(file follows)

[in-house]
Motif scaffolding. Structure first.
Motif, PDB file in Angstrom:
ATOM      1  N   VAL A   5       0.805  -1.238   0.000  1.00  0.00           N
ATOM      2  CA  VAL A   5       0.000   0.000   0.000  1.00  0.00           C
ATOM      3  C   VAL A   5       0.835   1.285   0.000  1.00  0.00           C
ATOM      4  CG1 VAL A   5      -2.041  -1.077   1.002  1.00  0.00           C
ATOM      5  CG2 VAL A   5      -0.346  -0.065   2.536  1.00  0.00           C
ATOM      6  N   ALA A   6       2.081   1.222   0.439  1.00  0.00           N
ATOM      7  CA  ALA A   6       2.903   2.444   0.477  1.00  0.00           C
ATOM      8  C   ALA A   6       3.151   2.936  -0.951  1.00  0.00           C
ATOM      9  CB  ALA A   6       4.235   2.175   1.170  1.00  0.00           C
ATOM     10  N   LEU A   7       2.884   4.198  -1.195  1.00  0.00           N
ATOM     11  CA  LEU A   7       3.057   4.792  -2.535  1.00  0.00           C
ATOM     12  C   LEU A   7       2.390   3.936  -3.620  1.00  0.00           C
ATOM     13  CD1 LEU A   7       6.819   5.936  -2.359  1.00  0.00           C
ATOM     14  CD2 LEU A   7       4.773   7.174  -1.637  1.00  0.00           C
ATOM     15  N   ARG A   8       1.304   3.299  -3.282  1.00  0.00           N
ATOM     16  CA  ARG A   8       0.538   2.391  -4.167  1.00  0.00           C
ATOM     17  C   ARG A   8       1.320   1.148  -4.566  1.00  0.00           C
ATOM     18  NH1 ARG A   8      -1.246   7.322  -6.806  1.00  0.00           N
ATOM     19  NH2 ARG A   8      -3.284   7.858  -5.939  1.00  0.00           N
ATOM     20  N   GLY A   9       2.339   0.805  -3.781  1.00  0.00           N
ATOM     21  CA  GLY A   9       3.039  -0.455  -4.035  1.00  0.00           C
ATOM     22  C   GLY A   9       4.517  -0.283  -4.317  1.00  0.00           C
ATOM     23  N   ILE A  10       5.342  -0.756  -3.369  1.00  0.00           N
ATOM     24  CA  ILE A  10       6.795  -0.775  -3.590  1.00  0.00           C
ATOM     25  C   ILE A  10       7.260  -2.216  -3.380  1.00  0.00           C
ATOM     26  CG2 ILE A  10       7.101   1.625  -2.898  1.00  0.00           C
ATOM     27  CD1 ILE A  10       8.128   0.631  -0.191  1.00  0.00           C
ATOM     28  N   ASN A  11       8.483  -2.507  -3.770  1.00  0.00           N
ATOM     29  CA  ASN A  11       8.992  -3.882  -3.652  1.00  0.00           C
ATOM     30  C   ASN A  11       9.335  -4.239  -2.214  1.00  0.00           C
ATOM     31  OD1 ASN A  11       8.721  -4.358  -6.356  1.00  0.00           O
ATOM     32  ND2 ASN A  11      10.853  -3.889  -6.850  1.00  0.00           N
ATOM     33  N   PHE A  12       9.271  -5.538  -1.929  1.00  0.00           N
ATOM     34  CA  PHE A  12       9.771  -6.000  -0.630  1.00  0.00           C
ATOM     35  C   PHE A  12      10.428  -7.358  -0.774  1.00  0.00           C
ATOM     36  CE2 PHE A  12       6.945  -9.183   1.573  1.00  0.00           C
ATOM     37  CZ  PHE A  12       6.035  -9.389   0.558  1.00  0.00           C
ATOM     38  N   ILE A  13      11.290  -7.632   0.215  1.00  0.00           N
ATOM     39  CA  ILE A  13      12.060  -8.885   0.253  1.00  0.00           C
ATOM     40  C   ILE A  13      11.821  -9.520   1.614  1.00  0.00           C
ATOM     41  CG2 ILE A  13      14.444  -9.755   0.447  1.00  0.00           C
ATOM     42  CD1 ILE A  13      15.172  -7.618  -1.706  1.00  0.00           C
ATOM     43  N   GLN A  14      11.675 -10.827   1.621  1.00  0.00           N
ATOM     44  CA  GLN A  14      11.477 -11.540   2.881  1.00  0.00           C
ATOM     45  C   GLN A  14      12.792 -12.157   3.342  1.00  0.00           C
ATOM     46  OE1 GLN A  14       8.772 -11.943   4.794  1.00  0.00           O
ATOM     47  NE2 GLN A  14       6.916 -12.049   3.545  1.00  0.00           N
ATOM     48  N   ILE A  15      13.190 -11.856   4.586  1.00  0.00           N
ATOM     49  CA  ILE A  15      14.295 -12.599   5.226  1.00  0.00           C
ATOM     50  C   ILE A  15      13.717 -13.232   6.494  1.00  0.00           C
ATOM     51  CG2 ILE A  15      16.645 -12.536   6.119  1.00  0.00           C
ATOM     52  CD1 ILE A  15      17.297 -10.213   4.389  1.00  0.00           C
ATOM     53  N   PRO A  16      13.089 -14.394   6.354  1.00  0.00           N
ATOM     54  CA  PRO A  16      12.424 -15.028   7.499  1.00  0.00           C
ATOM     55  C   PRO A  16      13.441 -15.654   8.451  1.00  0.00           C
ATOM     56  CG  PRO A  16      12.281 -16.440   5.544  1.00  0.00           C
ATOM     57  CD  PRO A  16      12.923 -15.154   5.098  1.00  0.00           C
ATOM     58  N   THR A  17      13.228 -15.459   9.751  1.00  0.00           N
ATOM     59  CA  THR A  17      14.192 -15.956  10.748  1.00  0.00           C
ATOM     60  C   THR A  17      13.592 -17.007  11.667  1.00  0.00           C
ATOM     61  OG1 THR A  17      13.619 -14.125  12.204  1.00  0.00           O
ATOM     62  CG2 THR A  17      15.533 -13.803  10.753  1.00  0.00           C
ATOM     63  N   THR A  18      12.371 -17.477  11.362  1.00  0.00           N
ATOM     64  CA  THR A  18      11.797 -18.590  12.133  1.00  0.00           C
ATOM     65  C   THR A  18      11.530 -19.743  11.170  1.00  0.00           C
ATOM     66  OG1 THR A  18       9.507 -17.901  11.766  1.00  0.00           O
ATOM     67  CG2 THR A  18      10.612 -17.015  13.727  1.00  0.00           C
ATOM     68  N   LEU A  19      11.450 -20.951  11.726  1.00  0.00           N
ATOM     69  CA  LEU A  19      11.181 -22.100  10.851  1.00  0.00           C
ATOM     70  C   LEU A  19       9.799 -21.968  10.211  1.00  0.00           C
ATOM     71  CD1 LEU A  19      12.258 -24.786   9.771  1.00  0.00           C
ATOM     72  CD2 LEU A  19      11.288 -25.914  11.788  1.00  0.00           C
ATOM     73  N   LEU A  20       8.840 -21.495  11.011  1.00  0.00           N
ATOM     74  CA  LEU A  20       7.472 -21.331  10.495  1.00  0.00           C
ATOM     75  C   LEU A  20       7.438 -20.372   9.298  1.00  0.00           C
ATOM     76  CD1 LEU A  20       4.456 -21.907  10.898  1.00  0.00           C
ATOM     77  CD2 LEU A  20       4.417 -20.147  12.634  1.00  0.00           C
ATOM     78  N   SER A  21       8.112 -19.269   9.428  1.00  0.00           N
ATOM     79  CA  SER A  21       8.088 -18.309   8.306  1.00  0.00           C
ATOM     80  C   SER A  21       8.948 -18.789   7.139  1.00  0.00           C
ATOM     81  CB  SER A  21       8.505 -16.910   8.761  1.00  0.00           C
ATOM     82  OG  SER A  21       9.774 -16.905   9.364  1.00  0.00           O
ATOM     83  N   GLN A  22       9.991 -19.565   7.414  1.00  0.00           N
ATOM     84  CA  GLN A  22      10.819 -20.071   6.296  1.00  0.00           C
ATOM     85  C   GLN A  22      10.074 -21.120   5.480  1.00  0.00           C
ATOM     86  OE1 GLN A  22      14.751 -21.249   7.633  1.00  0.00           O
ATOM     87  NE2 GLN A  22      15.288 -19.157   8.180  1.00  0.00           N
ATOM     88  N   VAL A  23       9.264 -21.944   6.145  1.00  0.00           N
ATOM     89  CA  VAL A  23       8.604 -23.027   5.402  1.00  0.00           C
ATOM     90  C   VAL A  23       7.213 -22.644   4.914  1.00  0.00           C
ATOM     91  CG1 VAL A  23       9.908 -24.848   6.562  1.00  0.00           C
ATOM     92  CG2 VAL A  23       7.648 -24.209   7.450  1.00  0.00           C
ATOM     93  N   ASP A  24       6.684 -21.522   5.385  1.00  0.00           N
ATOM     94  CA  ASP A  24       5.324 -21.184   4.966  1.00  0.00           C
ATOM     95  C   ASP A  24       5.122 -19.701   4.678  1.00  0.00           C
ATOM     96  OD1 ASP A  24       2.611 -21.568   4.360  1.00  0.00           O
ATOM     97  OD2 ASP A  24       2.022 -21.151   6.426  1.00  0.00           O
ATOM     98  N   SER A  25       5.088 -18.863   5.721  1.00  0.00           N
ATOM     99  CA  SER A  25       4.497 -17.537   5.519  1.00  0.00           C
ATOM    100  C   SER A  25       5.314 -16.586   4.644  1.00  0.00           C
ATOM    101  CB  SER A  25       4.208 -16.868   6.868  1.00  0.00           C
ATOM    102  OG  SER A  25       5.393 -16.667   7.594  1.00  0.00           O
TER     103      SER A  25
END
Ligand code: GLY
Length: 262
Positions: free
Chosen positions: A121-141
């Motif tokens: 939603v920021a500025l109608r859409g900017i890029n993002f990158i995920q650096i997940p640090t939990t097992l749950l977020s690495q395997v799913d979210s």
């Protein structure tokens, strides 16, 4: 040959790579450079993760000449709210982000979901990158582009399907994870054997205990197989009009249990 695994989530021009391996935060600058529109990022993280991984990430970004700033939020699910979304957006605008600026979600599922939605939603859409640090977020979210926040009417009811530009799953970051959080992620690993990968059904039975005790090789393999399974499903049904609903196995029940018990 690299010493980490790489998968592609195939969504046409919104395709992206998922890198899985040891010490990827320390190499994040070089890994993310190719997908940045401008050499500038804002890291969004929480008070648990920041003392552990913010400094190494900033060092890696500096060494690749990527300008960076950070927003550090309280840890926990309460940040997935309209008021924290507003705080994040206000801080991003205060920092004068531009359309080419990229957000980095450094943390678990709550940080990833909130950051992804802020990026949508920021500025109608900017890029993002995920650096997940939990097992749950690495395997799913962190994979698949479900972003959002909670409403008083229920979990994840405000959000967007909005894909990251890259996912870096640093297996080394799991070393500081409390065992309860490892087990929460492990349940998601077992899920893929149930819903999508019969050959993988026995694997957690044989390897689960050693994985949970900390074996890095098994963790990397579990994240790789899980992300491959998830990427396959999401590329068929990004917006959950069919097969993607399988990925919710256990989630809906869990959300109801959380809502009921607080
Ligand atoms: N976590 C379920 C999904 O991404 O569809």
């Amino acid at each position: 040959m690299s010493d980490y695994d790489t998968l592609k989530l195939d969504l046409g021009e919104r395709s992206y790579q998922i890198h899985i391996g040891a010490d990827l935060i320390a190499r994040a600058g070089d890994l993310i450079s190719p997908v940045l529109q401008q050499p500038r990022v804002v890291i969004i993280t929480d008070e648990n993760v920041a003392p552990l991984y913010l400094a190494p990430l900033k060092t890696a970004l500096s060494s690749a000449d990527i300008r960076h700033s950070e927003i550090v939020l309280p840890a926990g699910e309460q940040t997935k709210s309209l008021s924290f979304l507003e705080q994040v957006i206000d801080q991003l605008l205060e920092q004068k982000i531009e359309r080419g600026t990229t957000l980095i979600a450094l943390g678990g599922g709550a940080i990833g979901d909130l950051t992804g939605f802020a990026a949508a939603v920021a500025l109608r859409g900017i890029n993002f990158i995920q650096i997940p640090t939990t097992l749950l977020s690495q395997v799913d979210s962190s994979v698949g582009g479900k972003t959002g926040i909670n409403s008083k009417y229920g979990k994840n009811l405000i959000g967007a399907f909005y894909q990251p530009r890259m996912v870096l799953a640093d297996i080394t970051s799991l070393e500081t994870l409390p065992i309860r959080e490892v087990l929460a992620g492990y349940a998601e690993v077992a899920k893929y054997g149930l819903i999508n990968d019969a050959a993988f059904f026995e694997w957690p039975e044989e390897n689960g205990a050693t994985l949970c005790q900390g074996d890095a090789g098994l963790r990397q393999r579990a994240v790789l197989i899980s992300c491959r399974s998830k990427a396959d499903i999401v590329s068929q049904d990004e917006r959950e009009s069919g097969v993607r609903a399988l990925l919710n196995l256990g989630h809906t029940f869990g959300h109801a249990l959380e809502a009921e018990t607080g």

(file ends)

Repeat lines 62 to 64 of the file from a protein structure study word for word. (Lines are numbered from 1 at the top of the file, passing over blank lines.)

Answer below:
ATOM     59  CA  THR A  17      14.192 -15.956  10.748  1.00  0.00           C
ATOM     60  C   THR A  17      13.592 -17.007  11.667  1.00  0.00           C
ATOM     61  OG1 THR A  17      13.619 -14.125  12.204  1.00  0.00           O